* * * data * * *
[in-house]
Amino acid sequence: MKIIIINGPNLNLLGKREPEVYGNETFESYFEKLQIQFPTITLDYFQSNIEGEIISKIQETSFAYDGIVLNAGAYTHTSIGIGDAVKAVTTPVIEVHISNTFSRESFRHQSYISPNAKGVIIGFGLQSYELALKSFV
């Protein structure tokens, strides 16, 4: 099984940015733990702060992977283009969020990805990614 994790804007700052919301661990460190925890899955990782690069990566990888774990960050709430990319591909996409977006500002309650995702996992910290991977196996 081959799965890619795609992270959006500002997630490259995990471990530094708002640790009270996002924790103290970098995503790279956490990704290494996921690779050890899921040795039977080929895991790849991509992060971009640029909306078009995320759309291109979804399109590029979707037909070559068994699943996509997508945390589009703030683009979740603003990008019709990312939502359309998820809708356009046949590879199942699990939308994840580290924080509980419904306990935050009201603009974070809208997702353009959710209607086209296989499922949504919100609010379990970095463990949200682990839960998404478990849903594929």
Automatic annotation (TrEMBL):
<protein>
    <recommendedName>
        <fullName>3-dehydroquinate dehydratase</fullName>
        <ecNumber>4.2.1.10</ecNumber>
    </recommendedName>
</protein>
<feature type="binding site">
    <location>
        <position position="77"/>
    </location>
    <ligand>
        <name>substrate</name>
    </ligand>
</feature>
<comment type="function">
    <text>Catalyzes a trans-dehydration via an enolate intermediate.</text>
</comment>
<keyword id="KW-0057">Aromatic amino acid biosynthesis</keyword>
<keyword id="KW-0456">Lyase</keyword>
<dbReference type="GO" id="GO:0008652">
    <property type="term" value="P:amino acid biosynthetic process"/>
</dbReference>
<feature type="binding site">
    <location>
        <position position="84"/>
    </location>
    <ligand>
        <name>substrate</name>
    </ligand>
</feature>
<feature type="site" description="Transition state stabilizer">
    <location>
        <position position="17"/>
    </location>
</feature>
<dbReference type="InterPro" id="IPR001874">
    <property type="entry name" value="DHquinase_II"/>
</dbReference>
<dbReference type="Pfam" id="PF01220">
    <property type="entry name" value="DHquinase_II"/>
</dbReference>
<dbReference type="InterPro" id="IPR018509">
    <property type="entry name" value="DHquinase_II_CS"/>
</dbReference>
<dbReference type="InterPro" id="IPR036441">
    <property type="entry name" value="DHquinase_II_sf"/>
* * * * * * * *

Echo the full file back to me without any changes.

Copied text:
[in-house]
Amino acid sequence: MKIIIINGPNLNLLGKREPEVYGNETFESYFEKLQIQFPTITLDYFQSNIEGEIISKIQETSFAYDGIVLNAGAYTHTSIGIGDAVKAVTTPVIEVHISNTFSRESFRHQSYISPNAKGVIIGFGLQSYELALKSFV
């Protein structure tokens, strides 16, 4: 099984940015733990702060992977283009969020990805990614 994790804007700052919301661990460190925890899955990782690069990566990888774990960050709430990319591909996409977006500002309650995702996992910290991977196996 081959799965890619795609992270959006500002997630490259995990471990530094708002640790009270996002924790103290970098995503790279956490990704290494996921690779050890899921040795039977080929895991790849991509992060971009640029909306078009995320759309291109979804399109590029979707037909070559068994699943996509997508945390589009703030683009979740603003990008019709990312939502359309998820809708356009046949590879199942699990939308994840580290924080509980419904306990935050009201603009974070809208997702353009959710209607086209296989499922949504919100609010379990970095463990949200682990839960998404478990849903594929």
Automatic annotation (TrEMBL):
<protein>
    <recommendedName>
        <fullName>3-dehydroquinate dehydratase</fullName>
        <ecNumber>4.2.1.10</ecNumber>
    </recommendedName>
</protein>
<feature type="binding site">
    <location>
        <position position="77"/>
    </location>
    <ligand>
        <name>substrate</name>
    </ligand>
</feature>
<comment type="function">
    <text>Catalyzes a trans-dehydration via an enolate intermediate.</text>
</comment>
<keyword id="KW-0057">Aromatic amino acid biosynthesis</keyword>
<keyword id="KW-0456">Lyase</keyword>
<dbReference type="GO" id="GO:0008652">
    <property type="term" value="P:amino acid biosynthetic process"/>
</dbReference>
<feature type="binding site">
    <location>
        <position position="84"/>
    </location>
    <ligand>
        <name>substrate</name>
    </ligand>
</feature>
<feature type="site" description="Transition state stabilizer">
    <location>
        <position position="17"/>
    </location>
</feature>
<dbReference type="InterPro" id="IPR001874">
    <property type="entry name" value="DHquinase_II"/>
</dbReference>
<dbReference type="Pfam" id="PF01220">
    <property type="entry name" value="DHquinase_II"/>
</dbReference>
<dbReference type="InterPro" id="IPR018509">
    <property type="entry name" value="DHquinase_II_CS"/>
</dbReference>
<dbReference type="InterPro" id="IPR036441">
    <property type="entry name" value="DHquinase_II_sf"/>